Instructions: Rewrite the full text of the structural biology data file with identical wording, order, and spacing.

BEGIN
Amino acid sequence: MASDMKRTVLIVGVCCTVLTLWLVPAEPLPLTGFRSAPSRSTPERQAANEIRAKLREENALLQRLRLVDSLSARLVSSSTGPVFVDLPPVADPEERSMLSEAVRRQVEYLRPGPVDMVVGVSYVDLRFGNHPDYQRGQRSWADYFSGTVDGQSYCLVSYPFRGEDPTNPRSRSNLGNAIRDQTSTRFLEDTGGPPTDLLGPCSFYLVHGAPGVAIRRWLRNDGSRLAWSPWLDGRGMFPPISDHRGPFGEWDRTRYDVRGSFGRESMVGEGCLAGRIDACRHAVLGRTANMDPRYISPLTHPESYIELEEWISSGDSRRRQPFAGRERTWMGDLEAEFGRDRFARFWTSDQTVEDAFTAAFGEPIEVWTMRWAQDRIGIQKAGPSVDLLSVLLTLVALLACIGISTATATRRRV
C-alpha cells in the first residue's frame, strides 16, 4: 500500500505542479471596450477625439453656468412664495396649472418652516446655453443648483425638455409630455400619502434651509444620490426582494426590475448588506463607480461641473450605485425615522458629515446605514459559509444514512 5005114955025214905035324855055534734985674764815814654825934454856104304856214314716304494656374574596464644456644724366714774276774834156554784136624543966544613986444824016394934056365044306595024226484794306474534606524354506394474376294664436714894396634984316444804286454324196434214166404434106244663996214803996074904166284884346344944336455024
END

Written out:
Amino acid sequence: MASDMKRTVLIVGVCCTVLTLWLVPAEPLPLTGFRSAPSRSTPERQAANEIRAKLREENALLQRLRLVDSLSARLVSSSTGPVFVDLPPVADPEERSMLSEAVRRQVEYLRPGPVDMVVGVSYVDLRFGNHPDYQRGQRSWADYFSGTVDGQSYCLVSYPFRGEDPTNPRSRSNLGNAIRDQTSTRFLEDTGGPPTDLLGPCSFYLVHGAPGVAIRRWLRNDGSRLAWSPWLDGRGMFPPISDHRGPFGEWDRTRYDVRGSFGRESMVGEGCLAGRIDACRHAVLGRTANMDPRYISPLTHPESYIELEEWISSGDSRRRQPFAGRERTWMGDLEAEFGRDRFARFWTSDQTVEDAFTAAFGEPIEVWTMRWAQDRIGIQKAGPSVDLLSVLLTLVALLACIGISTATATRRRV
C-alpha cells in the first residue's frame, strides 16, 4: 500500500505542479471596450477625439453656468412664495396649472418652516446655453443648483425638455409630455400619502434651509444620490426582494426590475448588506463607480461641473450605485425615522458629515446605514459559509444514512 5005114955025214905035324855055534734985674764815814654825934454856104304856214314716304494656374574596464644456644724366714774276774834156554784136624543966544613986444824016394934056365044306595024226484794306474534606524354506394474376294664436714894396634984316444804286454324196434214166404434106244663996214803996074904166284884346344944336455024